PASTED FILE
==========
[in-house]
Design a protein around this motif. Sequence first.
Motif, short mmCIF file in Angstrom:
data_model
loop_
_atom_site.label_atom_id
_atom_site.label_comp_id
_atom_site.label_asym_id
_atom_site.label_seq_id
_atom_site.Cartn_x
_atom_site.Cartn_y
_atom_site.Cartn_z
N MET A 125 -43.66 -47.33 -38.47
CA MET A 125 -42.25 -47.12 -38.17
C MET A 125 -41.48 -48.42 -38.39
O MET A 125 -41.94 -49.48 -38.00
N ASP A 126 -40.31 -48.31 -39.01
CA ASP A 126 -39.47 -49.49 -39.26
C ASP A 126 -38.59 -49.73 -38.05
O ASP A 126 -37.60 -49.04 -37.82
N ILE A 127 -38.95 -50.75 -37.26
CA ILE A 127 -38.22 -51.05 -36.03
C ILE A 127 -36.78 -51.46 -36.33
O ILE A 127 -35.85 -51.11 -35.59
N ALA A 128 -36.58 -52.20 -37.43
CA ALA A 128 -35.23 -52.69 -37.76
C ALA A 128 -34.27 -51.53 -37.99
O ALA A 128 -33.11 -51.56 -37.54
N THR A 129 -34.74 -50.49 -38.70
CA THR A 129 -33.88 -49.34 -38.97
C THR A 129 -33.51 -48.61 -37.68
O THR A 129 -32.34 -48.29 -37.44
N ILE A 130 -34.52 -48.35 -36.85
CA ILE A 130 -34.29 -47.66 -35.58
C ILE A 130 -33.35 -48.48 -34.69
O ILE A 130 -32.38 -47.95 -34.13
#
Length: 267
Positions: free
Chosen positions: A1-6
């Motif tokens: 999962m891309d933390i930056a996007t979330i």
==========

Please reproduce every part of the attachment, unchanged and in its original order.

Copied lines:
[in-house]
Design a protein around this motif. Sequence first.
Motif, short mmCIF file in Angstrom:
data_model
loop_
_atom_site.label_atom_id
_atom_site.label_comp_id
_atom_site.label_asym_id
_atom_site.label_seq_id
_atom_site.Cartn_x
_atom_site.Cartn_y
_atom_site.Cartn_z
N MET A 125 -43.66 -47.33 -38.47
CA MET A 125 -42.25 -47.12 -38.17
C MET A 125 -41.48 -48.42 -38.39
O MET A 125 -41.94 -49.48 -38.00
N ASP A 126 -40.31 -48.31 -39.01
CA ASP A 126 -39.47 -49.49 -39.26
C ASP A 126 -38.59 -49.73 -38.05
O ASP A 126 -37.60 -49.04 -37.82
N ILE A 127 -38.95 -50.75 -37.26
CA ILE A 127 -38.22 -51.05 -36.03
C ILE A 127 -36.78 -51.46 -36.33
O ILE A 127 -35.85 -51.11 -35.59
N ALA A 128 -36.58 -52.20 -37.43
CA ALA A 128 -35.23 -52.69 -37.76
C ALA A 128 -34.27 -51.53 -37.99
O ALA A 128 -33.11 -51.56 -37.54
N THR A 129 -34.74 -50.49 -38.70
CA THR A 129 -33.88 -49.34 -38.97
C THR A 129 -33.51 -48.61 -37.68
O THR A 129 -32.34 -48.29 -37.44
N ILE A 130 -34.52 -48.35 -36.85
CA ILE A 130 -34.29 -47.66 -35.58
C ILE A 130 -33.35 -48.48 -34.69
O ILE A 130 -32.38 -47.95 -34.13
#
Length: 267
Positions: free
Chosen positions: A1-6
């Motif tokens: 999962m891309d933390i930056a996007t979330i």